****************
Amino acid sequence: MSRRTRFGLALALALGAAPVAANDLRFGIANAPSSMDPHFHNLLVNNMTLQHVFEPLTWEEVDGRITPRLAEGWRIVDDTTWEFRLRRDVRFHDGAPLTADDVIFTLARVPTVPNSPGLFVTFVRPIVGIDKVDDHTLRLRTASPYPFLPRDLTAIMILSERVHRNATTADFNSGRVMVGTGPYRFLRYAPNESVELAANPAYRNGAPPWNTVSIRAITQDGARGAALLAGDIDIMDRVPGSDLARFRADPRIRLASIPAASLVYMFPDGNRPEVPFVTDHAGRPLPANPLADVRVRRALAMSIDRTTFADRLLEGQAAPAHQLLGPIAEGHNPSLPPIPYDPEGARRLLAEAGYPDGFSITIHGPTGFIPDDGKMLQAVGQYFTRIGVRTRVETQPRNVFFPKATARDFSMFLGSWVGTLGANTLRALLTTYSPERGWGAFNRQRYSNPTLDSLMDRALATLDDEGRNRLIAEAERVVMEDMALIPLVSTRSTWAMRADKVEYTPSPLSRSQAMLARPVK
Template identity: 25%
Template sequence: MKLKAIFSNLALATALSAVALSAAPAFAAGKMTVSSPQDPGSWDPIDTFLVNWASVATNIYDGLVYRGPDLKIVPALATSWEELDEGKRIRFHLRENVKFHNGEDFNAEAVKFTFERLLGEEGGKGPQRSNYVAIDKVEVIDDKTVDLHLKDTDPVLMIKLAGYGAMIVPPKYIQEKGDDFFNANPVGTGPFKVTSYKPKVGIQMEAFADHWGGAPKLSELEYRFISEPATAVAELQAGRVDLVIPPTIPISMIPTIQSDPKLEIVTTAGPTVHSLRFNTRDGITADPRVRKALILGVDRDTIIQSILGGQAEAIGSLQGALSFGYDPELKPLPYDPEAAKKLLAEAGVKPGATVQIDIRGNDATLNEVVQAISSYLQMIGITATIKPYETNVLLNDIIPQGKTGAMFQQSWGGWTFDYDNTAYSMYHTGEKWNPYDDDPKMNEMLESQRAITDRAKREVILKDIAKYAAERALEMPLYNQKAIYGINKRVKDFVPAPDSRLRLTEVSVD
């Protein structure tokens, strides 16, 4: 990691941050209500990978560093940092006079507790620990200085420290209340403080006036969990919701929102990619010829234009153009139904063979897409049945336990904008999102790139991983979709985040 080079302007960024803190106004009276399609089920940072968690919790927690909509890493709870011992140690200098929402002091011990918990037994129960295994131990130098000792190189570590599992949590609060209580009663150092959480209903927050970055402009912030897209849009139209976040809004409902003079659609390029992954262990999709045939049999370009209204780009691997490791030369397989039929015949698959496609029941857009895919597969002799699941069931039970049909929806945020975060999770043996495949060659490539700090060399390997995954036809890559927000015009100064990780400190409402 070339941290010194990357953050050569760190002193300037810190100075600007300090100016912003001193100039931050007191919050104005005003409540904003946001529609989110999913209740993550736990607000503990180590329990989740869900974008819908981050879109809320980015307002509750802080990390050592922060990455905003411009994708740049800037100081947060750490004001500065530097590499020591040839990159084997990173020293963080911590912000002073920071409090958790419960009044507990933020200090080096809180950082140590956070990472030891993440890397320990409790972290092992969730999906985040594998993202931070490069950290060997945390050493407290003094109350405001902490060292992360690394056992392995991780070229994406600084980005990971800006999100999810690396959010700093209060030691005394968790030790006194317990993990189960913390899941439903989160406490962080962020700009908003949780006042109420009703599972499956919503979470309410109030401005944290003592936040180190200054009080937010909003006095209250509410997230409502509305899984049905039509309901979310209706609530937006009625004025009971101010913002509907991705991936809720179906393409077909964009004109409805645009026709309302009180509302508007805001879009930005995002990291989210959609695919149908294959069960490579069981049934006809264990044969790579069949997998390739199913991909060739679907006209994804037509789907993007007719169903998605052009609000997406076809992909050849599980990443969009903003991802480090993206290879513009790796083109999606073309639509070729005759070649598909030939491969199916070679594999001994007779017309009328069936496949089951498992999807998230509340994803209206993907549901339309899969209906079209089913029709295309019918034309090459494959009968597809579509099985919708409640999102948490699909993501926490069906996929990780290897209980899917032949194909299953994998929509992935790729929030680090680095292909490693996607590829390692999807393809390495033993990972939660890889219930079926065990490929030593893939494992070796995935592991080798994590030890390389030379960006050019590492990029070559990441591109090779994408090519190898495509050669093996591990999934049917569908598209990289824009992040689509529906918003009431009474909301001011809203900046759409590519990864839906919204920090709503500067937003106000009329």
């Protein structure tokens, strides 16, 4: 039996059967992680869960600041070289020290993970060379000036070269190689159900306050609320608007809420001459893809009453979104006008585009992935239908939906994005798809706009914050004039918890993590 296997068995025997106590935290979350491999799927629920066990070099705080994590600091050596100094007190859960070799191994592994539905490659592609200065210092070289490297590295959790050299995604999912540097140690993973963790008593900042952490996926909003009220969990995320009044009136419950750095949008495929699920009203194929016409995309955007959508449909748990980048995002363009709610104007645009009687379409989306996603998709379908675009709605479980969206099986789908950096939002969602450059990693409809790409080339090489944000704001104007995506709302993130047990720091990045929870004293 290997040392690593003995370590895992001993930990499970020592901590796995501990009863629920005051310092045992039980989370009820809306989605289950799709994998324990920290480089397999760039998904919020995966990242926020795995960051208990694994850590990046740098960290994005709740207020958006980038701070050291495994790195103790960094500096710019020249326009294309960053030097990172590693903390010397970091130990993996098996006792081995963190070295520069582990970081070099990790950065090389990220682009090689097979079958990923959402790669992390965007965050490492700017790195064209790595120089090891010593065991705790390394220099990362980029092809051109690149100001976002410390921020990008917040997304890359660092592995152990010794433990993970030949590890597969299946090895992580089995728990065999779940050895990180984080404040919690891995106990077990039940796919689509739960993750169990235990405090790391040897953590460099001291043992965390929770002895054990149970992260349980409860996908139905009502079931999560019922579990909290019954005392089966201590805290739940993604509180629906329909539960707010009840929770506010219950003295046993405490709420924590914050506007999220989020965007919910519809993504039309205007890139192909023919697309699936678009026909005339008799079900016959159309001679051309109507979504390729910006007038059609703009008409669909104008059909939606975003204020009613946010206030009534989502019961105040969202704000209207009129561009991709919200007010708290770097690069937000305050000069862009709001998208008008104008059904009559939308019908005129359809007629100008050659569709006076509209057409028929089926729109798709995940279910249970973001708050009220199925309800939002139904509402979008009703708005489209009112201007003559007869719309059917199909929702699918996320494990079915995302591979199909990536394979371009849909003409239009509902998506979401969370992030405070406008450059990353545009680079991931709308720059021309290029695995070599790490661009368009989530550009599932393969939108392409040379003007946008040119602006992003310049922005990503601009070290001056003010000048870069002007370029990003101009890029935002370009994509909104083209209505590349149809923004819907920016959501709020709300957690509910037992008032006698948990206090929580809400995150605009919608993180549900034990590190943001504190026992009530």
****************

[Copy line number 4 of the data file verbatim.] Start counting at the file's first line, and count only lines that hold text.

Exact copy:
């Protein structure tokens, strides 16, 4: 990691941050209500990978560093940092006079507790620990200085420290209340403080006036969990919701929102990619010829234009153009139904063979897409049945336990904008999102790139991983979709985040 080079302007960024803190106004009276399609089920940072968690919790927690909509890493709870011992140690200098929402002091011990918990037994129960295994131990130098000792190189570590599992949590609060209580009663150092959480209903927050970055402009912030897209849009139209976040809004409902003079659609390029992954262990999709045939049999370009209204780009691997490791030369397989039929015949698959496609029941857009895919597969002799699941069931039970049909929806945020975060999770043996495949060659490539700090060399390997995954036809890559927000015009100064990780400190409402 070339941290010194990357953050050569760190002193300037810190100075600007300090100016912003001193100039931050007191919050104005005003409540904003946001529609989110999913209740993550736990607000503990180590329990989740869900974008819908981050879109809320980015307002509750802080990390050592922060990455905003411009994708740049800037100081947060750490004001500065530097590499020591040839990159084997990173020293963080911590912000002073920071409090958790419960009044507990933020200090080096809180950082140590956070990472030891993440890397320990409790972290092992969730999906985040594998993202931070490069950290060997945390050493407290003094109350405001902490060292992360690394056992392995991780070229994406600084980005990971800006999100999810690396959010700093209060030691005394968790030790006194317990993990189960913390899941439903989160406490962080962020700009908003949780006042109420009703599972499956919503979470309410109030401005944290003592936040180190200054009080937010909003006095209250509410997230409502509305899984049905039509309901979310209706609530937006009625004025009971101010913002509907991705991936809720179906393409077909964009004109409805645009026709309302009180509302508007805001879009930005995002990291989210959609695919149908294959069960490579069981049934006809264990044969790579069949997998390739199913991909060739679907006209994804037509789907993007007719169903998605052009609000997406076809992909050849599980990443969009903003991802480090993206290879513009790796083109999606073309639509070729005759070649598909030939491969199916070679594999001994007779017309009328069936496949089951498992999807998230509340994803209206993907549901339309899969209906079209089913029709295309019918034309090459494959009968597809579509099985919708409640999102948490699909993501926490069906996929990780290897209980899917032949194909299953994998929509992935790729929030680090680095292909490693996607590829390692999807393809390495033993990972939660890889219930079926065990490929030593893939494992070796995935592991080798994590030890390389030379960006050019590492990029070559990441591109090779994408090519190898495509050669093996591990999934049917569908598209990289824009992040689509529906918003009431009474909301001011809203900046759409590519990864839906919204920090709503500067937003106000009329």